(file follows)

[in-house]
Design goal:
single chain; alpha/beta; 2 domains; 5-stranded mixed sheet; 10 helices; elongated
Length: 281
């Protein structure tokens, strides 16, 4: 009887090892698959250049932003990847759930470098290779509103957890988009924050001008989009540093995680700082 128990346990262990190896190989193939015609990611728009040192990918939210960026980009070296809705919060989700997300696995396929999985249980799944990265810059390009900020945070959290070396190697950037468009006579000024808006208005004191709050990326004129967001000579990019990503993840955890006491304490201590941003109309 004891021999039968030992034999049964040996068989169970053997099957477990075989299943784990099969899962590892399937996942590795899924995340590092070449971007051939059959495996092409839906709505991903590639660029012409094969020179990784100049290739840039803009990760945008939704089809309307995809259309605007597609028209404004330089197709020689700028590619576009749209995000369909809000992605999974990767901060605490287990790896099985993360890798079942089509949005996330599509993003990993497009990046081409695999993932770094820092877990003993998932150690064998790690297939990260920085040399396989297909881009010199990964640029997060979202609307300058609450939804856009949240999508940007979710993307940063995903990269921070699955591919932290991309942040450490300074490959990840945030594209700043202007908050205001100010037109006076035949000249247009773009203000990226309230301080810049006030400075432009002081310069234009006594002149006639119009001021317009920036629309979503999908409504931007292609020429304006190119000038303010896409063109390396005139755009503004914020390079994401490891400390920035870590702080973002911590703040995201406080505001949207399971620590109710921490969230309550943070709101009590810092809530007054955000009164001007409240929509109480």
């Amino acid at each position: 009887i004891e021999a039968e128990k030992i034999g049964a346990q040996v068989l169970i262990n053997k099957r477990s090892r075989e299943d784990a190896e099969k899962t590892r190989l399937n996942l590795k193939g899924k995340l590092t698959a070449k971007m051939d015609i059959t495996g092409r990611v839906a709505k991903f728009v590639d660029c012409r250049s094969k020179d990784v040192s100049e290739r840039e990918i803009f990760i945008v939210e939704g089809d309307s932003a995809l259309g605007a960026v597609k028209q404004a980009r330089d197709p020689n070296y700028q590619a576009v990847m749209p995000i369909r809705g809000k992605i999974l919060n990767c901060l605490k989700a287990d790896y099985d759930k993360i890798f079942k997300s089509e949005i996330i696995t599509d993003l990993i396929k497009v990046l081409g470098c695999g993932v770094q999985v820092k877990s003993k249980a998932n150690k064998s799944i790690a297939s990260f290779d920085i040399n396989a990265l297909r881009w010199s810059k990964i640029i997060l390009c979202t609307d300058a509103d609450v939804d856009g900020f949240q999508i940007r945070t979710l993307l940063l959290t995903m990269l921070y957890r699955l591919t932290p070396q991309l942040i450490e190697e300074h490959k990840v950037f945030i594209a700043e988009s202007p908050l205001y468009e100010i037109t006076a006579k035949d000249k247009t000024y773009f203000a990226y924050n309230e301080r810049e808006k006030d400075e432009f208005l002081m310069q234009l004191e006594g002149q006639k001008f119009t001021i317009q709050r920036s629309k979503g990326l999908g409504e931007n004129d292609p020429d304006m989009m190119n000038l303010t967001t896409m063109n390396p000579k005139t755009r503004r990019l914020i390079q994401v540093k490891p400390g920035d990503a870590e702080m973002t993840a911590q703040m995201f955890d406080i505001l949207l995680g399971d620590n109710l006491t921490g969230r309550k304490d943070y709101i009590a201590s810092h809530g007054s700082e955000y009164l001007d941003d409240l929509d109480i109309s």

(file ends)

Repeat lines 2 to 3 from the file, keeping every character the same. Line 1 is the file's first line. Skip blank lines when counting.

Design goal:
single chain; alpha/beta; 2 domains; 5-stranded mixed sheet; 10 helices; elongated